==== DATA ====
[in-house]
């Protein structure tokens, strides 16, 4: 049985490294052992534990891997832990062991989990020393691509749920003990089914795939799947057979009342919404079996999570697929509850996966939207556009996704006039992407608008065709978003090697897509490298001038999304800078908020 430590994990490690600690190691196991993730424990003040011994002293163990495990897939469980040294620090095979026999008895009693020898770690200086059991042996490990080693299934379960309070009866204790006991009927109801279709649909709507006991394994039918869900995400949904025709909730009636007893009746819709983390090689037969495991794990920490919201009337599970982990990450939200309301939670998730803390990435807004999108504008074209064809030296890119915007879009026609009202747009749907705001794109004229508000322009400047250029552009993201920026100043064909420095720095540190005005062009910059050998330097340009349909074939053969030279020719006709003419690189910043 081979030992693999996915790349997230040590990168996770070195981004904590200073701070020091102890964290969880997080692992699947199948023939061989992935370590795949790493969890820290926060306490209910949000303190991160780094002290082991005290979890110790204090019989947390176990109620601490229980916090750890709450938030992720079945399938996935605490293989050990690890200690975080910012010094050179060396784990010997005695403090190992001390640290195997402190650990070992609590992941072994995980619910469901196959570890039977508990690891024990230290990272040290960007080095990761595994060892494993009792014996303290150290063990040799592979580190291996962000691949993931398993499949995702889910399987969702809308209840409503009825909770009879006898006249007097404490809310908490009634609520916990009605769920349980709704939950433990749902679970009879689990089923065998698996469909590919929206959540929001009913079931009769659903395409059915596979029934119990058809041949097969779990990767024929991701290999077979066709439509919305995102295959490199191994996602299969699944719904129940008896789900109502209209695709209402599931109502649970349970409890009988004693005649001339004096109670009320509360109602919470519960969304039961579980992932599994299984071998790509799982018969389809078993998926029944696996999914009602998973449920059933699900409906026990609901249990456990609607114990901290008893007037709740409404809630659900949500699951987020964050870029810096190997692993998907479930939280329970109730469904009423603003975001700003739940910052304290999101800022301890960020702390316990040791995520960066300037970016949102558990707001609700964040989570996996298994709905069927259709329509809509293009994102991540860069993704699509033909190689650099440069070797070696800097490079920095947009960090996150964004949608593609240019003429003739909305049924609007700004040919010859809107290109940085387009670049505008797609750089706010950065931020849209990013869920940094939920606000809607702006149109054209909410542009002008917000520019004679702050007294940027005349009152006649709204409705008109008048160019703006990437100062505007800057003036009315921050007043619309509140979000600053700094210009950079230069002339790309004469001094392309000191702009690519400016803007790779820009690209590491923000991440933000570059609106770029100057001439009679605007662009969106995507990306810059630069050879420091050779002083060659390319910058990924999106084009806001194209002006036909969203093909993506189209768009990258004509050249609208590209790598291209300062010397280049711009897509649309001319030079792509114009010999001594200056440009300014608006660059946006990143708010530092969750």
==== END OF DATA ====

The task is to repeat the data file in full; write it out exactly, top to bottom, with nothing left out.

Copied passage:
[in-house]
């Protein structure tokens, strides 16, 4: 049985490294052992534990891997832990062991989990020393691509749920003990089914795939799947057979009342919404079996999570697929509850996966939207556009996704006039992407608008065709978003090697897509490298001038999304800078908020 430590994990490690600690190691196991993730424990003040011994002293163990495990897939469980040294620090095979026999008895009693020898770690200086059991042996490990080693299934379960309070009866204790006991009927109801279709649909709507006991394994039918869900995400949904025709909730009636007893009746819709983390090689037969495991794990920490919201009337599970982990990450939200309301939670998730803390990435807004999108504008074209064809030296890119915007879009026609009202747009749907705001794109004229508000322009400047250029552009993201920026100043064909420095720095540190005005062009910059050998330097340009349909074939053969030279020719006709003419690189910043 081979030992693999996915790349997230040590990168996770070195981004904590200073701070020091102890964290969880997080692992699947199948023939061989992935370590795949790493969890820290926060306490209910949000303190991160780094002290082991005290979890110790204090019989947390176990109620601490229980916090750890709450938030992720079945399938996935605490293989050990690890200690975080910012010094050179060396784990010997005695403090190992001390640290195997402190650990070992609590992941072994995980619910469901196959570890039977508990690891024990230290990272040290960007080095990761595994060892494993009792014996303290150290063990040799592979580190291996962000691949993931398993499949995702889910399987969702809308209840409503009825909770009879006898006249007097404490809310908490009634609520916990009605769920349980709704939950433990749902679970009879689990089923065998698996469909590919929206959540929001009913079931009769659903395409059915596979029934119990058809041949097969779990990767024929991701290999077979066709439509919305995102295959490199191994996602299969699944719904129940008896789900109502209209695709209402599931109502649970349970409890009988004693005649001339004096109670009320509360109602919470519960969304039961579980992932599994299984071998790509799982018969389809078993998926029944696996999914009602998973449920059933699900409906026990609901249990456990609607114990901290008893007037709740409404809630659900949500699951987020964050870029810096190997692993998907479930939280329970109730469904009423603003975001700003739940910052304290999101800022301890960020702390316990040791995520960066300037970016949102558990707001609700964040989570996996298994709905069927259709329509809509293009994102991540860069993704699509033909190689650099440069070797070696800097490079920095947009960090996150964004949608593609240019003429003739909305049924609007700004040919010859809107290109940085387009670049505008797609750089706010950065931020849209990013869920940094939920606000809607702006149109054209909410542009002008917000520019004679702050007294940027005349009152006649709204409705008109008048160019703006990437100062505007800057003036009315921050007043619309509140979000600053700094210009950079230069002339790309004469001094392309000191702009690519400016803007790779820009690209590491923000991440933000570059609106770029100057001439009679605007662009969106995507990306810059630069050879420091050779002083060659390319910058990924999106084009806001194209002006036909969203093909993506189209768009990258004509050249609208590209790598291209300062010397280049711009897509649309001319030079792509114009010999001594200056440009300014608006660059946006990143708010530092969750």